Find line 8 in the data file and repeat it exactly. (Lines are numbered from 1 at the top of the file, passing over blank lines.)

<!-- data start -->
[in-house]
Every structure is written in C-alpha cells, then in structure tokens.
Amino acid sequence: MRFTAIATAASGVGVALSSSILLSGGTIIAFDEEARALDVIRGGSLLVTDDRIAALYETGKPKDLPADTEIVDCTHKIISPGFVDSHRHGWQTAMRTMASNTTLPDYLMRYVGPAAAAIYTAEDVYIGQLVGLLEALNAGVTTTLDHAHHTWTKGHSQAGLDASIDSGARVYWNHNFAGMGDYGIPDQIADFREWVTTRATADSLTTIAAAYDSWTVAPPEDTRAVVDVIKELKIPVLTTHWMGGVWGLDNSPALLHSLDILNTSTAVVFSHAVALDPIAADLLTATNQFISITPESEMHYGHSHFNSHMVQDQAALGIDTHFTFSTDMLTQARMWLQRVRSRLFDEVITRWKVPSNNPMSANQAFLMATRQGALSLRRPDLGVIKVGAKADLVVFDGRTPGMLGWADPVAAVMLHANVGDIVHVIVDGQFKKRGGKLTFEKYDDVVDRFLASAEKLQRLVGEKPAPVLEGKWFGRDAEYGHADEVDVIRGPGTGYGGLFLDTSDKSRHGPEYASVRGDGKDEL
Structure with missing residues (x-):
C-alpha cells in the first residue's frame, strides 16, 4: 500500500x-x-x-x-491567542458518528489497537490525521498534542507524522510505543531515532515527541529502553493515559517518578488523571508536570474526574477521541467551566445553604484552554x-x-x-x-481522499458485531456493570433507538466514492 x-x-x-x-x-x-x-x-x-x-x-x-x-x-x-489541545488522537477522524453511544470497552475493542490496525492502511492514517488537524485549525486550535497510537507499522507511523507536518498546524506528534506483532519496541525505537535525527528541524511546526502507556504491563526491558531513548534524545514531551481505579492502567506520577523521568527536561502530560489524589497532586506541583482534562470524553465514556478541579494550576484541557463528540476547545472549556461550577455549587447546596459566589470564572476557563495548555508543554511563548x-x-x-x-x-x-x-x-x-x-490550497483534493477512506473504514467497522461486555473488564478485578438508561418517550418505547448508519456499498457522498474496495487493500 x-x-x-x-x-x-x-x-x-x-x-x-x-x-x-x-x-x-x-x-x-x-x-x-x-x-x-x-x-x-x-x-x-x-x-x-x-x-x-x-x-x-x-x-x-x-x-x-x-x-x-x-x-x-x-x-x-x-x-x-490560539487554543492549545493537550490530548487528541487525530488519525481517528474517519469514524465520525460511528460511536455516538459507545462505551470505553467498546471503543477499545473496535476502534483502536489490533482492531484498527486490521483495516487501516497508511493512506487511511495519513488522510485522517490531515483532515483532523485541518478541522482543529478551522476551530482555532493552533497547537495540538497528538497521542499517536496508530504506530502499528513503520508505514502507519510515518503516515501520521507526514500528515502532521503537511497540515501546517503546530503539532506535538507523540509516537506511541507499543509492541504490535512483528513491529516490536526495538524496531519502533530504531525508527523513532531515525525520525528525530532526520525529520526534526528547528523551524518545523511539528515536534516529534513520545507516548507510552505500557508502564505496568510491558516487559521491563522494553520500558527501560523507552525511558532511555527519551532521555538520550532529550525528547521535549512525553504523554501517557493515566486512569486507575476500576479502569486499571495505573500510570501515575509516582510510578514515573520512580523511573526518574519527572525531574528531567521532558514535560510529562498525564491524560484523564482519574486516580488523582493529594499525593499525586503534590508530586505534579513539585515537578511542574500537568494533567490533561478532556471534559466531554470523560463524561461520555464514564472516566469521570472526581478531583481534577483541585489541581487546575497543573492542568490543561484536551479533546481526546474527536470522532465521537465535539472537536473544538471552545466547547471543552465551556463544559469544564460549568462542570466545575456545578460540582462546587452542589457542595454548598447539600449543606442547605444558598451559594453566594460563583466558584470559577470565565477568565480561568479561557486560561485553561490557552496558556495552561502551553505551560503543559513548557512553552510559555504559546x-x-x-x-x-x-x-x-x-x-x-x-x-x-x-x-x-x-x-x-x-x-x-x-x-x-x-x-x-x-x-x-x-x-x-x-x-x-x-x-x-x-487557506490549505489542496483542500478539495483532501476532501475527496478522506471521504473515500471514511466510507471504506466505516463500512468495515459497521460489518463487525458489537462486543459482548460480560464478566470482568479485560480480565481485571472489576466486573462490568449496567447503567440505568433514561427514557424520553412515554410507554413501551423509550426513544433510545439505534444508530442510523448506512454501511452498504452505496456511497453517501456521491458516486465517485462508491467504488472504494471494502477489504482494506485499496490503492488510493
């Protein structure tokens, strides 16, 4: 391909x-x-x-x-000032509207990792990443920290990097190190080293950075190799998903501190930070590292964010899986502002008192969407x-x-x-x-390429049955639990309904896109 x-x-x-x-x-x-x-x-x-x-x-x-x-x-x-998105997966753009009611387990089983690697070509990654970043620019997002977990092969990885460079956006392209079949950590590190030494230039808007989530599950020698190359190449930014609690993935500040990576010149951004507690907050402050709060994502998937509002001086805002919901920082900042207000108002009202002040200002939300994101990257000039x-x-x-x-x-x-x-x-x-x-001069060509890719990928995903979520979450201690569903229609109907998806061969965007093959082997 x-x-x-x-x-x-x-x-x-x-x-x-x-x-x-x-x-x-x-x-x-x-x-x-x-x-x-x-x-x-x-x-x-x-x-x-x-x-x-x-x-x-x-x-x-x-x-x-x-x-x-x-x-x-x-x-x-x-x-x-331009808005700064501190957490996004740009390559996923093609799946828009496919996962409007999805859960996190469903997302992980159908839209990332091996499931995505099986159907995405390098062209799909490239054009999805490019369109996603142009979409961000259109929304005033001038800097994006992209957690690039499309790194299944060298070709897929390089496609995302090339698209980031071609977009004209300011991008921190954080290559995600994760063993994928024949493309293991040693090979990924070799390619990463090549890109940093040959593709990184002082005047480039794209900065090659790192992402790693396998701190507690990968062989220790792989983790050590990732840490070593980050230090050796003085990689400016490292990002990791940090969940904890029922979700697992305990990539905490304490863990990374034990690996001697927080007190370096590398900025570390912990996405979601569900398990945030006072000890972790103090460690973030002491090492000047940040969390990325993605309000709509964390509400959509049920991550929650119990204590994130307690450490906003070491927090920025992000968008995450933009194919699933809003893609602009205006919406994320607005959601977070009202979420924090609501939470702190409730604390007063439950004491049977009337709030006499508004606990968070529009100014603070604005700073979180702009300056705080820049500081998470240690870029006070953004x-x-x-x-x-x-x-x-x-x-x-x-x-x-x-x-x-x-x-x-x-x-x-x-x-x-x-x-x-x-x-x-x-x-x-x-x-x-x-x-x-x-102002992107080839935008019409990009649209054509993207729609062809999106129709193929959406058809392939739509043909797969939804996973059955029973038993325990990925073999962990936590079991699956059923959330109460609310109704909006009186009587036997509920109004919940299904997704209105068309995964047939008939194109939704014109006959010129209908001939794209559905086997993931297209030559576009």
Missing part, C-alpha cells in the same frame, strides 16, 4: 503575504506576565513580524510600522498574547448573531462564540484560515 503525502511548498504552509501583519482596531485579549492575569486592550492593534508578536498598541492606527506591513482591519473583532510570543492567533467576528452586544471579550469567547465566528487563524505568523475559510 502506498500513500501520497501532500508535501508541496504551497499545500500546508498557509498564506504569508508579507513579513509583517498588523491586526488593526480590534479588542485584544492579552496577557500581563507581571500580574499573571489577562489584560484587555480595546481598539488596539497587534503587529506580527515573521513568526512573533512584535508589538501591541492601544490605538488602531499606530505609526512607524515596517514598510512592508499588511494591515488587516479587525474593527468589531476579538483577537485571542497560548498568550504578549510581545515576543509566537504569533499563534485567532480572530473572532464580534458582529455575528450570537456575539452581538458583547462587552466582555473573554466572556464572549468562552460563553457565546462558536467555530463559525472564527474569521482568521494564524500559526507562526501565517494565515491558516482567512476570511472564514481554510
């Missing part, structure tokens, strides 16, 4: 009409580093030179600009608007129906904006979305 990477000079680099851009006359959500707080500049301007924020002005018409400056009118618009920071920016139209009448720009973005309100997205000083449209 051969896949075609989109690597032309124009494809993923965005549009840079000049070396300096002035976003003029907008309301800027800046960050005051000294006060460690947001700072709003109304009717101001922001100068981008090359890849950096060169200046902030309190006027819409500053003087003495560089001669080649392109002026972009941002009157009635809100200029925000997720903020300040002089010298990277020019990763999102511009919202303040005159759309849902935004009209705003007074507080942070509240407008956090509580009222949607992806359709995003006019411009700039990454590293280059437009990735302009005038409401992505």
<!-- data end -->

């Missing part, structure tokens, strides 16, 4: 009409580093030179600009608007129906904006979305 990477000079680099851009006359959500707080500049301007924020002005018409400056009118618009920071920016139209009448720009973005309100997205000083449209 051969896949075609989109690597032309124009494809993923965005549009840079000049070396300096002035976003003029907008309301800027800046960050005051000294006060460690947001700072709003109304009717101001922001100068981008090359890849950096060169200046902030309190006027819409500053003087003495560089001669080649392109002026972009941002009157009635809100200029925000997720903020300040002089010298990277020019990763999102511009919202303040005159759309849902935004009209705003007074507080942070509240407008956090509580009222949607992806359709995003006019411009700039990454590293280059437009990735302009005038409401992505």